wed 25/11/2020

This Time with Alan Partridge, BBC One review - a man out of time? | reviews, news & interviews

This Time with Alan Partridge, BBC One review - a man out of time?

This Time with Alan Partridge, BBC One review - a man out of time?

Shameless return of Steve Coogan's cringetastic broadcaster

Inappropriate: Alan Partridge (Steve Coogan) gets a little too close to Jennie Gresham (Susannah Fielding)

“I’ve remained a vital presence on the fringes of TV Land,” argues Alan Partridge in an interview with Radio Times, the man whose latest claim to… well, not fame, but at least he has been presenting Mid Morning Matters on North Norfolk Digital.

“I’ve remained a vital presence on the fringes of TV Land,” argues Alan Partridge in an interview with Radio Times, the man whose latest claim to… well, not fame, but at least he has been presenting Mid Morning Matters on North Norfolk Digital. For this new series, Partridge has been hauled out of the low-rent regional twilight zone where somebody called Jenny does the station’s accounts in an exercise book to provide sickness cover on the anodyne BBC TV magazine show, This Time.

On the This Time sofa he’s joined by Jennie Gresham (Susannah Fielding), who keeps the show rolling along with a combination of bland platitudes (“We’re in the safe, capable, smooth hands of Mr Alan Partridge”) and just a tiny glimmer of ruthless careerism. She effortlessly steals a couple of Partridge’s jokes from under his nose, and in a crafty sequence where the twin hosts discussed the evils of Fixed Odds Betting Terminals, she showed up Partridge as a boorish ignoramus by being calmly on top of her brief.This Time with Alan Partridge, BBC OneWatching Partridge in action is to indulge in a singular kind of masochism. Everything he says or does is a particular shade of off-colour, whether it’s a crass comment about bosoms, his interminable and monstrously inappropriate mime of how you can go to the lavatory on a train without using your hands, or the way he managed to turn the surname of one of his guests – Alice Fluck – into Clunt. She was on the show to discuss her documentary about the family-friendly cuddliness of leopard seals, but Partridge spun off on a tangent about how in fact the seals enjoy playfully battering each other to death and have been trained by the military to carry mines.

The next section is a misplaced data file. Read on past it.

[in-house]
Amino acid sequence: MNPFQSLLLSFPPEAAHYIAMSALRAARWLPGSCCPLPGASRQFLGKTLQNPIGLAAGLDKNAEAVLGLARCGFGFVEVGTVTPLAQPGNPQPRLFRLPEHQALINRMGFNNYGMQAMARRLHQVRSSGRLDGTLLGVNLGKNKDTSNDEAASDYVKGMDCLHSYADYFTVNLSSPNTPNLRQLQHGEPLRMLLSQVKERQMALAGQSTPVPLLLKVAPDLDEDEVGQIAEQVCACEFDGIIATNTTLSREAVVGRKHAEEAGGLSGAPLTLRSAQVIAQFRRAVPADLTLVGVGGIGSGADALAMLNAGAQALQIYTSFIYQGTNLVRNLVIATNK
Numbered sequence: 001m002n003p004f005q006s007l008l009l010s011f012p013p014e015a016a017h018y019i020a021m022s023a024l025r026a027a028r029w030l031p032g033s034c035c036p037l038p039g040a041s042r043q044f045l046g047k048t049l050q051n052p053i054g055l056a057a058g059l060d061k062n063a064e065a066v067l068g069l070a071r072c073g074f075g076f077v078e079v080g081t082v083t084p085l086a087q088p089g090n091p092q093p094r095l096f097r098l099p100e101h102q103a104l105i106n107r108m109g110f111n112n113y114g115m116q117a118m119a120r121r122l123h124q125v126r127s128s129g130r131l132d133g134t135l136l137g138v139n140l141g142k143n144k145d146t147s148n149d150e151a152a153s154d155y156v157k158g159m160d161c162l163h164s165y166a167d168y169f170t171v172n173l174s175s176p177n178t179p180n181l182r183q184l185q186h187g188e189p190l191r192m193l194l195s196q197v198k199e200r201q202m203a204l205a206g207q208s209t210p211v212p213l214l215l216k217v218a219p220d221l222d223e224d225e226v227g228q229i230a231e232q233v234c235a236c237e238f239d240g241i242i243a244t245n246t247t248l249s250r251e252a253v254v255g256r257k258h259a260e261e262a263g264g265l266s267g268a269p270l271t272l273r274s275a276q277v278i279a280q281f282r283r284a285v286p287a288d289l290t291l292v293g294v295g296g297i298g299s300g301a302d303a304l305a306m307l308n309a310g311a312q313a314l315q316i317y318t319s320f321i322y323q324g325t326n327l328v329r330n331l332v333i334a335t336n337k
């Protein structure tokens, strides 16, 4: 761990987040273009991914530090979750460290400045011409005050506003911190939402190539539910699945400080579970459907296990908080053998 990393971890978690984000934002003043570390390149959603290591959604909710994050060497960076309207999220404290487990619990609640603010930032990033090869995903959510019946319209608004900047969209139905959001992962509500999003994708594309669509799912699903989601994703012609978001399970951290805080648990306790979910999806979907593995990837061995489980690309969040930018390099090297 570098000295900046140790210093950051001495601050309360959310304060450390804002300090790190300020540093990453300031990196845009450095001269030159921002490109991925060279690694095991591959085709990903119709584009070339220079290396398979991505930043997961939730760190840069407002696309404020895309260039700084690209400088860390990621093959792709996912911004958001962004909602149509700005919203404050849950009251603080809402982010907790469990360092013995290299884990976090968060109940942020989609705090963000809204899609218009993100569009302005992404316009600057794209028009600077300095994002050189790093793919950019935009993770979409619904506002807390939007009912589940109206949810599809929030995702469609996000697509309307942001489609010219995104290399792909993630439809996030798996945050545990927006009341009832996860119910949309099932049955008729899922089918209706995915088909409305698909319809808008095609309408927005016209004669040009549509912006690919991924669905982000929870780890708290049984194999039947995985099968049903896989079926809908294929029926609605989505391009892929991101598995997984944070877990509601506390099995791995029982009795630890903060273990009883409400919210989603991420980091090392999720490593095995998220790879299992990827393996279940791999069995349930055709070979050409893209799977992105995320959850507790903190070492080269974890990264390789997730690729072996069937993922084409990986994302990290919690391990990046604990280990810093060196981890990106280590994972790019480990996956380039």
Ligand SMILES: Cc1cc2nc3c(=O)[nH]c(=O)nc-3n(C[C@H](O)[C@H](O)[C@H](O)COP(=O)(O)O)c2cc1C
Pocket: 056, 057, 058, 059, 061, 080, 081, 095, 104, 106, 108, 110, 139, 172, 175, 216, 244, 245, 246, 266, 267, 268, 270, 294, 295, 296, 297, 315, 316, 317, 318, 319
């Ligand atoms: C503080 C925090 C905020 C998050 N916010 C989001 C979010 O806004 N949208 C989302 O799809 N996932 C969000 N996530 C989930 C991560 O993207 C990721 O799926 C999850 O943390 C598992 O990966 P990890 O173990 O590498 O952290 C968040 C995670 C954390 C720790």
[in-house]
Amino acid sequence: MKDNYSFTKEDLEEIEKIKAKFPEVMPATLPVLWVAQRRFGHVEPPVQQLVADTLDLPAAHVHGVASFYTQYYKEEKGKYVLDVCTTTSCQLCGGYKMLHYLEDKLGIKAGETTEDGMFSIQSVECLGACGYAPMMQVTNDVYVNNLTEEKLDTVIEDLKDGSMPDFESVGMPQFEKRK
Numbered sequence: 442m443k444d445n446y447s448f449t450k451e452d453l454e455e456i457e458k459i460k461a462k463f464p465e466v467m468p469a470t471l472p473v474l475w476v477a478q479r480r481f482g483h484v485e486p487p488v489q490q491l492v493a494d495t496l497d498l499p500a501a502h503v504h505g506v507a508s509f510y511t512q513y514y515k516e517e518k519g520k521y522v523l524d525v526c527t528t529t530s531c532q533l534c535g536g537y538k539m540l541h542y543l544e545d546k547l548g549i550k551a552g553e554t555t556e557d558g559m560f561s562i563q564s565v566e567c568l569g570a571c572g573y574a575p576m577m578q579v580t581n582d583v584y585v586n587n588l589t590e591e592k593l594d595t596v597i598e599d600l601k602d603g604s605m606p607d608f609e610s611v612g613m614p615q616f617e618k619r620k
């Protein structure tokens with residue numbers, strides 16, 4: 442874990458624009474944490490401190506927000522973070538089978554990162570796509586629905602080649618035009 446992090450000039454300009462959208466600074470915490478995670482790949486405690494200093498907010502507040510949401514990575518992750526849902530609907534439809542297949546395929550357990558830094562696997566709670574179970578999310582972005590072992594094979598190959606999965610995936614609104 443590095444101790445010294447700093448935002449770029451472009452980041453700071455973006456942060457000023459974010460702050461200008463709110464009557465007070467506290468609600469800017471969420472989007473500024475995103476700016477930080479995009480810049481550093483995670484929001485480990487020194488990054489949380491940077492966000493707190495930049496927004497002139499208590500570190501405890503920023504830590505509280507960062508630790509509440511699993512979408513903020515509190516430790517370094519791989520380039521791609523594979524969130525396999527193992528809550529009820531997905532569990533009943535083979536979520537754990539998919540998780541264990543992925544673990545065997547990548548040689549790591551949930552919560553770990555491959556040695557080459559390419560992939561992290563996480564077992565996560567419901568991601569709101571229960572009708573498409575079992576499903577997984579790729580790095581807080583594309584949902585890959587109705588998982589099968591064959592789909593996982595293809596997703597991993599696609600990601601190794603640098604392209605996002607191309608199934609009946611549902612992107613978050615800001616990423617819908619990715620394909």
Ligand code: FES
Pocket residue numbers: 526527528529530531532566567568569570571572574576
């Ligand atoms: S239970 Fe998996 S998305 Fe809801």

Now acknowledged as the creator of “cringe TV”, Partridge is a permanent man out of time, and has evolved over the years into a creepy doppelganger of his inventor Steve Coogan. It’s a measure of the exactitude with which real-life broadcasters were pinned under a microscope by Coogan – with help from co-creator Armando Iannucci, not involved this time around – that it’s still possible to detect distant echoes of real ones behind Partridge’s rictus-like facade, though the notion that Partridge would be hired to front something that looks very much like The One Show today is beyond science fiction. He dates back to the early Nineties, but while you can still find copious examples of cheesy, brain-dead broadcasting and broadcasters, anyone who might have come out with anything resembling a Partridgism was purged from the airwaves, never to be seen or heard of again, years ago. He’d be about as employable as Stuart Hall.

Still, as much-loved (yet repulsive) fictional characters go, it’s good to see him again. Whether I’ll be saying that after another five episodes remains moot.

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